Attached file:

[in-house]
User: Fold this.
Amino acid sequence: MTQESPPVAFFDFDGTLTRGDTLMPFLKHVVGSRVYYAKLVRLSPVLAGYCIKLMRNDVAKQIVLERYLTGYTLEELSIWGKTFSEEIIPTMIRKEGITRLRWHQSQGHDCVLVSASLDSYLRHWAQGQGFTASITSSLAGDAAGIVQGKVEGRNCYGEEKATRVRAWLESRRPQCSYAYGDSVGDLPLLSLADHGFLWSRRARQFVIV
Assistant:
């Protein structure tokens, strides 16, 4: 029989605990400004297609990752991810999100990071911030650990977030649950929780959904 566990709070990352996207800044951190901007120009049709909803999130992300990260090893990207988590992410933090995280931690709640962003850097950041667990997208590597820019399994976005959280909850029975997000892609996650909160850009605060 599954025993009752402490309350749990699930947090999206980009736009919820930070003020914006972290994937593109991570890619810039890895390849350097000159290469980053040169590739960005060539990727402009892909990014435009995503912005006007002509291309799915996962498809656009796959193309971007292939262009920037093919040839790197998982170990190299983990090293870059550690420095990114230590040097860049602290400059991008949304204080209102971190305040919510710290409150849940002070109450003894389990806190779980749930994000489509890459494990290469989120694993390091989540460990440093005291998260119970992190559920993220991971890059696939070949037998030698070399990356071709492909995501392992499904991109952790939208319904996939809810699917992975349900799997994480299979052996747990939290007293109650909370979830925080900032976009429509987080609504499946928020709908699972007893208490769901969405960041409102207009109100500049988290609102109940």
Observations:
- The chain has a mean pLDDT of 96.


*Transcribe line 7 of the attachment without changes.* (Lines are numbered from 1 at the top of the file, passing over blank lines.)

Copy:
- The chain has a mean pLDDT of 96.